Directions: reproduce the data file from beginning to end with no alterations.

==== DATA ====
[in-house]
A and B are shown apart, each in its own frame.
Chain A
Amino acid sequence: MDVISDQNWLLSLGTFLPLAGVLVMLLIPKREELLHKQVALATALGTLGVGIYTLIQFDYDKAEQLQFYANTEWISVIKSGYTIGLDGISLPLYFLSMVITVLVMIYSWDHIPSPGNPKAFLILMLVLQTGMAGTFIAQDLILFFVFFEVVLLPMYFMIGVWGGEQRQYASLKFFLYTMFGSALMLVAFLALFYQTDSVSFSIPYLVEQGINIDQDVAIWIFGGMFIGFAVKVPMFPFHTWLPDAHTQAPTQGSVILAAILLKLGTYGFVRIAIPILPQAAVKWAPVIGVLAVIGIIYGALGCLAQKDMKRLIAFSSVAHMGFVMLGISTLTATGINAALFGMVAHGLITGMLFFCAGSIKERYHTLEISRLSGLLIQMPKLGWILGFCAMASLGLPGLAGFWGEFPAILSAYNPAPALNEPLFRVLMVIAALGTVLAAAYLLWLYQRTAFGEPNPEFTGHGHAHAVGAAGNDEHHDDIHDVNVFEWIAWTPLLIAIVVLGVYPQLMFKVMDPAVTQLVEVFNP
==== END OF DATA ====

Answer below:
[in-house]
A and B are shown apart, each in its own frame.
Chain A
Amino acid sequence: MDVISDQNWLLSLGTFLPLAGVLVMLLIPKREELLHKQVALATALGTLGVGIYTLIQFDYDKAEQLQFYANTEWISVIKSGYTIGLDGISLPLYFLSMVITVLVMIYSWDHIPSPGNPKAFLILMLVLQTGMAGTFIAQDLILFFVFFEVVLLPMYFMIGVWGGEQRQYASLKFFLYTMFGSALMLVAFLALFYQTDSVSFSIPYLVEQGINIDQDVAIWIFGGMFIGFAVKVPMFPFHTWLPDAHTQAPTQGSVILAAILLKLGTYGFVRIAIPILPQAAVKWAPVIGVLAVIGIIYGALGCLAQKDMKRLIAFSSVAHMGFVMLGISTLTATGINAALFGMVAHGLITGMLFFCAGSIKERYHTLEISRLSGLLIQMPKLGWILGFCAMASLGLPGLAGFWGEFPAILSAYNPAPALNEPLFRVLMVIAALGTVLAAAYLLWLYQRTAFGEPNPEFTGHGHAHAVGAAGNDEHHDDIHDVNVFEWIAWTPLLIAIVVLGVYPQLMFKVMDPAVTQLVEVFNP